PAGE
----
In the course of an NYT story about McCain’s tax policies (short summary: he wants to punch a $200b hole in the budget via regressive tax cuts), political reporter Michael Cooper says:

One of Mr. McCain’s tax proposals would take effect even before the Republican Convention: he called on Congress to suspend the 18.4 cent a gallon federal gas tax from Memorial Day until Labor Day. Mr. McCain said that doing so would provide “an immediate economic stimulus,” but some environmentalists said that the change might encourage more people to use their cars, while Mr. McCain has made combating global warming central to his campaign. [my emphasis]

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The Columbia Journalism Review responds:

… since he started running for president last year, McCain has largely downplayed climate change. He hasn’t declared support for a tougher and more detailed bill, proposed by Senators John Warner and McCain ally Joe Lieberman. And his top domestic policy adviser recently suggested that McCain might not even stand by his own weaker bill, telling a reporter: “He wasn’t so much committed to the bill as to an issue.”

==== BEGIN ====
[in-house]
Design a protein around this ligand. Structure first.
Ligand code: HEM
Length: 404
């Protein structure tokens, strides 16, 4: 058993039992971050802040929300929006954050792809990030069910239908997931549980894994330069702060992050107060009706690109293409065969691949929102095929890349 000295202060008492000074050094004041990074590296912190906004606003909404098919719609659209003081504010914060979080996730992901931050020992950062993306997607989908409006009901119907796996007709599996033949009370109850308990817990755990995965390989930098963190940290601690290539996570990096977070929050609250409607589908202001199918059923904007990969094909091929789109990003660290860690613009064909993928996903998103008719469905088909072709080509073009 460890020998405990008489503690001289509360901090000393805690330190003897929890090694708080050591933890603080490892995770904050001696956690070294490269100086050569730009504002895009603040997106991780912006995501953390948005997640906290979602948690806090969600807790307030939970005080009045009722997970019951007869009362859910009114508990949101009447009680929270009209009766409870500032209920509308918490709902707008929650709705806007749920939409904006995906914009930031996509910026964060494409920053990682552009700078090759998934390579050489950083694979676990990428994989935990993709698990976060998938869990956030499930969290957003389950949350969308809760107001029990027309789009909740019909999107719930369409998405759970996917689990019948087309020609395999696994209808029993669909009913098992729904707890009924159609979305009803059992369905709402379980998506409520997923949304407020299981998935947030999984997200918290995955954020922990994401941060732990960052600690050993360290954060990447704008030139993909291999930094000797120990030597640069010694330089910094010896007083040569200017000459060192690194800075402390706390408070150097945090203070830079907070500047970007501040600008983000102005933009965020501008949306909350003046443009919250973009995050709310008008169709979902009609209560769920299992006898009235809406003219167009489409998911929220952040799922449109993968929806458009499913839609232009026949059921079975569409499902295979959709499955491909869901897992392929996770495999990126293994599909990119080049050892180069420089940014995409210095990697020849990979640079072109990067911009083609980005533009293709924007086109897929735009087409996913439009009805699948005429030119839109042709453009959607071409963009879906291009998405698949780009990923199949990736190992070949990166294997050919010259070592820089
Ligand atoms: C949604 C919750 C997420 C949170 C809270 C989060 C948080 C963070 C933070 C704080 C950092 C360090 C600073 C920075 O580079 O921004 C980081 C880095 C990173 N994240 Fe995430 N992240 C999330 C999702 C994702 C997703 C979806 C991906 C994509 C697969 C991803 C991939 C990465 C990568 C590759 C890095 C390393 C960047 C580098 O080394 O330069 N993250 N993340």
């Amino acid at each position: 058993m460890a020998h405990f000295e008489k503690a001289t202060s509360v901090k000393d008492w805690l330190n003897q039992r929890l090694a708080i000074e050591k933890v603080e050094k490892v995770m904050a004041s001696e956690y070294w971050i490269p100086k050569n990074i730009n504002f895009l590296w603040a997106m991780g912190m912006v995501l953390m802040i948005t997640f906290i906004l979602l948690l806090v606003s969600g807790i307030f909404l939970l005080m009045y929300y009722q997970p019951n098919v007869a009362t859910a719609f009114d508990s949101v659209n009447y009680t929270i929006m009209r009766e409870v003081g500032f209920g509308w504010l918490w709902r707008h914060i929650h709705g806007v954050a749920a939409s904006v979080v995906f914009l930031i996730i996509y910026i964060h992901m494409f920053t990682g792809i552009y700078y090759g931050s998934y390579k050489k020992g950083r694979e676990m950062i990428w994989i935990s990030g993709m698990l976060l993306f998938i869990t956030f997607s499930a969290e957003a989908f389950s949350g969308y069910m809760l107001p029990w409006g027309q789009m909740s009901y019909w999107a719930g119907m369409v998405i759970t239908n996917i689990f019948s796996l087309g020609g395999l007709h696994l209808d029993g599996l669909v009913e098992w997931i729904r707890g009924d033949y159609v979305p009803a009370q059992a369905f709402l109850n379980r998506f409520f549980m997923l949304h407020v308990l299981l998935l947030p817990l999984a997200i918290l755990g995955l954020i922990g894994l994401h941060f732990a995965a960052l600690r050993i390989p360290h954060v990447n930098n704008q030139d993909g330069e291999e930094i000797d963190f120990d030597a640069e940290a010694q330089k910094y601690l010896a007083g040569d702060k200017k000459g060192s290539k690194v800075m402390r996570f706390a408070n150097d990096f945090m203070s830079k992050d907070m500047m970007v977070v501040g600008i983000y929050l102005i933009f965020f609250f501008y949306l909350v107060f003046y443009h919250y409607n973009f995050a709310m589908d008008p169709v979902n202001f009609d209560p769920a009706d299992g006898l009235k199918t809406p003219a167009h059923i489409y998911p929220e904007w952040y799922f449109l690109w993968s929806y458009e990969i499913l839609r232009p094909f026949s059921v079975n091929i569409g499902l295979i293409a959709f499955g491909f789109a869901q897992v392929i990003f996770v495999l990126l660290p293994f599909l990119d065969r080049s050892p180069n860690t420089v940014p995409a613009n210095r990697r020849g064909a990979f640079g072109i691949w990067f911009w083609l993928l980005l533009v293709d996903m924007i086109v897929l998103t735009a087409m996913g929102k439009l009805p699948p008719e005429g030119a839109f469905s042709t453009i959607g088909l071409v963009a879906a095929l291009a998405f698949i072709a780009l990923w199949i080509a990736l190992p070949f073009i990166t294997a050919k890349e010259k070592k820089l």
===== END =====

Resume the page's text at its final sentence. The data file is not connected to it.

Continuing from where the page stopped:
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Most important, McCain has not made global warming a rhetorical priority. Since he began his White House run, he hasn’t given a single speech that we’re aware of devoted to the issue, or released an ad that mentions it in any detail. In general, McCain has based his pitch to voters, both before and after clinching the GOP nomination, on his personal biography, his national-security experience (particularly his support for the troop surge in Iraq), and his straight-talking persona. No fair assessment could conclude that global warming, or any other environmental issue, has been “central” to McCain’s campaign.